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Wednesday, July 11, 2012

Oil price drops as China slows, Norway strike ends

English: The oil platform Statfjord A with the...
English: The oil platform Statfjord A with the flotel Polymariner. ‪Norsk (bokmål)‬: Statfjord A med Polymariner på Statfjord-feltet. (Photo credit: Wikipedia)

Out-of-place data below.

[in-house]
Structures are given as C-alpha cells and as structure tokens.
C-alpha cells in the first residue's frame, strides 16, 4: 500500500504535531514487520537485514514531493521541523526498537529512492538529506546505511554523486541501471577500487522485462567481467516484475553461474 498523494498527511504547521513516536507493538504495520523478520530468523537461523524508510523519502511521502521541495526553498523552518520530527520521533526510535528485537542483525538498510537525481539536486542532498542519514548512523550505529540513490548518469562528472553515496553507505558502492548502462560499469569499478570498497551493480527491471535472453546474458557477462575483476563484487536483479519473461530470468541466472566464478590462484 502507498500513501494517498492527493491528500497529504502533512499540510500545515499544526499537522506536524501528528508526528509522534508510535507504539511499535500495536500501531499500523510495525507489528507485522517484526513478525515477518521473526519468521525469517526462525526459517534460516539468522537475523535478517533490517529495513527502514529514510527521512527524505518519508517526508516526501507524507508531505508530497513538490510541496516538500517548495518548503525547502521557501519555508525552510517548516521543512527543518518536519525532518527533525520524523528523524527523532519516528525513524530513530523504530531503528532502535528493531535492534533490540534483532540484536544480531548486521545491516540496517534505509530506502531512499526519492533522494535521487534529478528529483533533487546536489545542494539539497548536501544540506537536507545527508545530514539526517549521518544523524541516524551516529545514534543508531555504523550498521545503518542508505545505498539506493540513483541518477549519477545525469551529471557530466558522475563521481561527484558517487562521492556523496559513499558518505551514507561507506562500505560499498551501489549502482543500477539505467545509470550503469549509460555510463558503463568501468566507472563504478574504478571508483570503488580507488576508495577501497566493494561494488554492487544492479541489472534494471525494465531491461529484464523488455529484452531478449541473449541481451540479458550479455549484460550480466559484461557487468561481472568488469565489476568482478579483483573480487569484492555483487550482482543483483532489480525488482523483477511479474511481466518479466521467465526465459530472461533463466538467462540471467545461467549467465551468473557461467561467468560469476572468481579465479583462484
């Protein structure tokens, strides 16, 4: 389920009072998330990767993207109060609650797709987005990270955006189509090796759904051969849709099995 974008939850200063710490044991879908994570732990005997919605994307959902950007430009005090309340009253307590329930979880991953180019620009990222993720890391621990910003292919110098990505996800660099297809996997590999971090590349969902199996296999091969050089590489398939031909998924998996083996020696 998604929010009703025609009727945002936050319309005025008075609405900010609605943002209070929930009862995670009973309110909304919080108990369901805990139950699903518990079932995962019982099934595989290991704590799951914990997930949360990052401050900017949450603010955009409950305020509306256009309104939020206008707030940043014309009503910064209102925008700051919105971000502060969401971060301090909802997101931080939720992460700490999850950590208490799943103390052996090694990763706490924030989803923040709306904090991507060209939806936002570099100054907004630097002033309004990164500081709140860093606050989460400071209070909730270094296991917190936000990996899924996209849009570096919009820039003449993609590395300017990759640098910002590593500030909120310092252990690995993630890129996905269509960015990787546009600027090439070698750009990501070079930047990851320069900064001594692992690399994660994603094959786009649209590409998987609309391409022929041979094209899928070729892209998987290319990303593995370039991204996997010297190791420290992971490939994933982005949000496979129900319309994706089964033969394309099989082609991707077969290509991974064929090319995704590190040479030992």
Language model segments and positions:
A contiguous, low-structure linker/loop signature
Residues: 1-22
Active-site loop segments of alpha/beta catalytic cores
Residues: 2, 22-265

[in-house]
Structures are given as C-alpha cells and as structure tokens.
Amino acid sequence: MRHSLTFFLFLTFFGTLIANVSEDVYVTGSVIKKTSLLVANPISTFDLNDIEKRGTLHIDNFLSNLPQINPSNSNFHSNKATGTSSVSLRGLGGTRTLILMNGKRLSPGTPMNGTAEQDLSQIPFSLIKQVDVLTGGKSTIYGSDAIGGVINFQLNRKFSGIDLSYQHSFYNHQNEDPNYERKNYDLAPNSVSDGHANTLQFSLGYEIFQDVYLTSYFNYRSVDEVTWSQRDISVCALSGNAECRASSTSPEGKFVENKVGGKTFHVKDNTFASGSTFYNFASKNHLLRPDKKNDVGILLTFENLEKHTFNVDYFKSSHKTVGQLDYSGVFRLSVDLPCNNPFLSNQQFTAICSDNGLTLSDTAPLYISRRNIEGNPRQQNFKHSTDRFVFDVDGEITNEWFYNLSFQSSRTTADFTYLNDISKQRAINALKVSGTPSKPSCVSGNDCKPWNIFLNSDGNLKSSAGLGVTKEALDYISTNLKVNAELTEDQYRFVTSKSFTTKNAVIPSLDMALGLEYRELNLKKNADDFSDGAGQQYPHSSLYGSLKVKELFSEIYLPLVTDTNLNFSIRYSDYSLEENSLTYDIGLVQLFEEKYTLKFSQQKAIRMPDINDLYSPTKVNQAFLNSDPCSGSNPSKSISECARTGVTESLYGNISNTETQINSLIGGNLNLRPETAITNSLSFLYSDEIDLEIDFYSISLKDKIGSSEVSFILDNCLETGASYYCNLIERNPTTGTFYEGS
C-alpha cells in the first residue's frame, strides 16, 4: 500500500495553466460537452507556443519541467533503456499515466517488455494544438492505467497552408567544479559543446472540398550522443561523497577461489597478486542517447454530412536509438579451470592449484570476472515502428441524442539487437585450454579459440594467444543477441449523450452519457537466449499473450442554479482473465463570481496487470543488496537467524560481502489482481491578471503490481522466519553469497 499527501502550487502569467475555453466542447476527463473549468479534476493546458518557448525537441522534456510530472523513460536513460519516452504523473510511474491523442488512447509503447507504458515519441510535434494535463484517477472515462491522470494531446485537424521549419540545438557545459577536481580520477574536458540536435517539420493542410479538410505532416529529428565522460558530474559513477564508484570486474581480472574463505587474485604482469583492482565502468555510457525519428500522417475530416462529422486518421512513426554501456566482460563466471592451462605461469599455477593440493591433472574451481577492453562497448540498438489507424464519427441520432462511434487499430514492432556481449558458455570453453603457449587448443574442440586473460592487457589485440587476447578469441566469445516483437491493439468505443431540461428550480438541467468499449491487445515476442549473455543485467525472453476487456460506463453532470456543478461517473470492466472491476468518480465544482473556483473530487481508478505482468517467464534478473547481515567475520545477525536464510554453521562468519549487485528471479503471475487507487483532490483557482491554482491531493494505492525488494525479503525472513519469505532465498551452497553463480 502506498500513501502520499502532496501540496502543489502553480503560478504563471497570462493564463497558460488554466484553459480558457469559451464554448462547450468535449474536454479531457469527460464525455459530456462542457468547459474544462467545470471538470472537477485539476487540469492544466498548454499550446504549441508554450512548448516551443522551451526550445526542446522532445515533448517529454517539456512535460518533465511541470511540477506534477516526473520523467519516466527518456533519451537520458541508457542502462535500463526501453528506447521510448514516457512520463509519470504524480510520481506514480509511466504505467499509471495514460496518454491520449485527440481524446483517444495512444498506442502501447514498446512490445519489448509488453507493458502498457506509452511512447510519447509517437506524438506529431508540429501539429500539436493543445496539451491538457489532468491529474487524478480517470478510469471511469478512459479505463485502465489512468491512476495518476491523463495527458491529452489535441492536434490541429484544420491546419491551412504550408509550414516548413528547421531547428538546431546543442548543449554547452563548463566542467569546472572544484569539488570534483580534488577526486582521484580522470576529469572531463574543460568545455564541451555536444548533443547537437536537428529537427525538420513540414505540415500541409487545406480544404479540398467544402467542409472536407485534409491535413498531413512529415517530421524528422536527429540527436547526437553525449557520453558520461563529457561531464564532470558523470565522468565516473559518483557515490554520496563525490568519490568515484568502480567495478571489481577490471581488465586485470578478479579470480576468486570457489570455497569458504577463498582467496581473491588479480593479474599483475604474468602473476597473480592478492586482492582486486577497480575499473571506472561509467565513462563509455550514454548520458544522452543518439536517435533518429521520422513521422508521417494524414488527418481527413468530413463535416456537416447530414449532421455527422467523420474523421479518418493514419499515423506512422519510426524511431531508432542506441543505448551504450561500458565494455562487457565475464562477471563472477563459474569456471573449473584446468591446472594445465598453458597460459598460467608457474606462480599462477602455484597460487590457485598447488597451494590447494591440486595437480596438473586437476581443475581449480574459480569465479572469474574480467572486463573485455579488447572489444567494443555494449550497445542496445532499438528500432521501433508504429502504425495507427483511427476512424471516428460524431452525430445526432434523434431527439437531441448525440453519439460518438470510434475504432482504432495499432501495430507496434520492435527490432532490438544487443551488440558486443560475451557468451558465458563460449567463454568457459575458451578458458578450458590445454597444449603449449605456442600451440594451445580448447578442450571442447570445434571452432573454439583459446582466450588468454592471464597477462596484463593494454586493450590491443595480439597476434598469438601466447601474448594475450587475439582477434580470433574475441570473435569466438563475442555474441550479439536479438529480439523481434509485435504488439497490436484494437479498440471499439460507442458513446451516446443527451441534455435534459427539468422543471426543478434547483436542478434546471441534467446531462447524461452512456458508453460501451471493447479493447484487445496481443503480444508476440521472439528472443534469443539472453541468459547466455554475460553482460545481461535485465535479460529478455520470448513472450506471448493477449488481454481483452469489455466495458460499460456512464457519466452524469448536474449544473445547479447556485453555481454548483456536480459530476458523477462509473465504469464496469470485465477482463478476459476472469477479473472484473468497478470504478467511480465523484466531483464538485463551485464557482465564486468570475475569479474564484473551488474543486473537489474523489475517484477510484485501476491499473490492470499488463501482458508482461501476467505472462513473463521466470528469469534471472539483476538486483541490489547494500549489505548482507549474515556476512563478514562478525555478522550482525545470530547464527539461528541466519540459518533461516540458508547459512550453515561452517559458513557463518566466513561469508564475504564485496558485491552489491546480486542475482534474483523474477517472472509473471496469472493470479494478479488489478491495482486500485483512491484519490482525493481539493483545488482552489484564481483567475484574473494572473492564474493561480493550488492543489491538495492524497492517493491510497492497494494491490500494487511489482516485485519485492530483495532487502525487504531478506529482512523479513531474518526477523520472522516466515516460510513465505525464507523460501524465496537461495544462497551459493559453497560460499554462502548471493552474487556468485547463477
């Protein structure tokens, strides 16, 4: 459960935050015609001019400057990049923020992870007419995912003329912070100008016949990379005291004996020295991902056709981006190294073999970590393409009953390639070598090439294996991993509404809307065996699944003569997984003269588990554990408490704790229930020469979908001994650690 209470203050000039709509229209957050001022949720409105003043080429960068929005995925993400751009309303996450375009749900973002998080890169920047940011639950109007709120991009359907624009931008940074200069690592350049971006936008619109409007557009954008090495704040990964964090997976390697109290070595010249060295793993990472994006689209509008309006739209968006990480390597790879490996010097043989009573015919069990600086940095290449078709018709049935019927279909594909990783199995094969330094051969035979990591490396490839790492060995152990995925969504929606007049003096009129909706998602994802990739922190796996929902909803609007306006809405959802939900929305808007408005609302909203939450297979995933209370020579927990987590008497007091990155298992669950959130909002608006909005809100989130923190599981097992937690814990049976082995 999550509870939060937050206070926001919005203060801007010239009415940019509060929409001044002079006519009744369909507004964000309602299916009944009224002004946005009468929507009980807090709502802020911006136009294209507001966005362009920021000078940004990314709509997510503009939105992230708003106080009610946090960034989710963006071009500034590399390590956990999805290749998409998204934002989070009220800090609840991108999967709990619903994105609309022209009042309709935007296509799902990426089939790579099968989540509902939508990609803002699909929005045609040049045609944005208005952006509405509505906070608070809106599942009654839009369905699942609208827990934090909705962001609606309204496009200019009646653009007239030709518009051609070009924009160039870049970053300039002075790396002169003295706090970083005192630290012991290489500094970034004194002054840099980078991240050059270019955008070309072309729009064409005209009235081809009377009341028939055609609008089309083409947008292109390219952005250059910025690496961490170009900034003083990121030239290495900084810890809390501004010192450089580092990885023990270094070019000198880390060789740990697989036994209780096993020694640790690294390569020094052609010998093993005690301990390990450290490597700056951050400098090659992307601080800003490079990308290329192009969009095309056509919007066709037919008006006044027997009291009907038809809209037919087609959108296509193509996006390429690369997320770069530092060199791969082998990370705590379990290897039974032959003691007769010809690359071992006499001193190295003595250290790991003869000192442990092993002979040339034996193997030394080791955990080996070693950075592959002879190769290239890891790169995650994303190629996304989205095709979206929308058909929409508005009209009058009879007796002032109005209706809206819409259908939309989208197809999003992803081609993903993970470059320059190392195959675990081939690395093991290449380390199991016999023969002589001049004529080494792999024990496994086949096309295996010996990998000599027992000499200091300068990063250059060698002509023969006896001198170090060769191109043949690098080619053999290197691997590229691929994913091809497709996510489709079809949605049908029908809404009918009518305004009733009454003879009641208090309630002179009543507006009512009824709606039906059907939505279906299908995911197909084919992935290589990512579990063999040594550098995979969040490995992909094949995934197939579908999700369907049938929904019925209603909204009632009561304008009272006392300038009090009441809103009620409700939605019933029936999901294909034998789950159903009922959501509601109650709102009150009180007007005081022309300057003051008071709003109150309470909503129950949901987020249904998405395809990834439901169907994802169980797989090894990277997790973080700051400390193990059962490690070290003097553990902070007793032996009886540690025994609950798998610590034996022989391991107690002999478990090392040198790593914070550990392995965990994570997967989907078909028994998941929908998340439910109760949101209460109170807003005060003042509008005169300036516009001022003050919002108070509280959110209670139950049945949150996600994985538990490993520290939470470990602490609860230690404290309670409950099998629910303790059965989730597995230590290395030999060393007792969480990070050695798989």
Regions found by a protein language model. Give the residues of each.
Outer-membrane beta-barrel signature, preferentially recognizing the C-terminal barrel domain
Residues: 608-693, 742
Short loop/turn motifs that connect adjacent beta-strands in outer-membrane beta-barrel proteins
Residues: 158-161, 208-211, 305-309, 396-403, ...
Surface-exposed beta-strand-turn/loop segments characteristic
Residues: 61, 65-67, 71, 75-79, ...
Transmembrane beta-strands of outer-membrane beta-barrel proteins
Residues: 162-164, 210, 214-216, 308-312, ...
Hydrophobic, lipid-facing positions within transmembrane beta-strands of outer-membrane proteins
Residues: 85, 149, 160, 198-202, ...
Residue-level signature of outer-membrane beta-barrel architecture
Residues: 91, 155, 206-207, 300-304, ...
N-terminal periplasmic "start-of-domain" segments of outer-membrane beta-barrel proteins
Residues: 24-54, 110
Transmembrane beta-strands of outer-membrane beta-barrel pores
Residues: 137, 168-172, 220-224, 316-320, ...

Oil prices fell Tuesday on further signs of an economic slowdown in China and after the government of Norway intervened to end a strike that threatened North Sea oil production. Benchmark U.S. crude fell by $2.08, or 2.4 percent, to finish at $83.91 per barrel. Brent crude lost $2.35 to close at $97.97 per barrel in LondonChina's June imports increased by about 6 percent. That is down from May's rate and worse than analysts had expected. Growth in exports slowed as well. China is the world's second biggest oil consumer behind the U.S. and if its economy slows it won't need to use as much energy. "Crude imports into the country last month fell 14 percent from May to a seven-month low," independent oil analyst Jim Ritterbusch said. Traders will closely watch China's second quarter GDP and industrial production numbers, due out at the end of the week, he said. The threat of an industry shutdown in Norway ended Monday night after the government imposed binding arbitration on striking Statoil workers. That prevented a lockout that would have cut off about 1.6 million barrels a day of Brent crude. Brent is the benchmark used to price a variety of foreign oils, and many East Coast refineries use it to make gasoline. There was also the chance that the strike would crimp supplies to major export markets, namely the U.K., the Netherlands, France and Germany, just as Europe puts in place an embargo on Iranian oil in a bid to curb its nuclear program. ... Continue to read.
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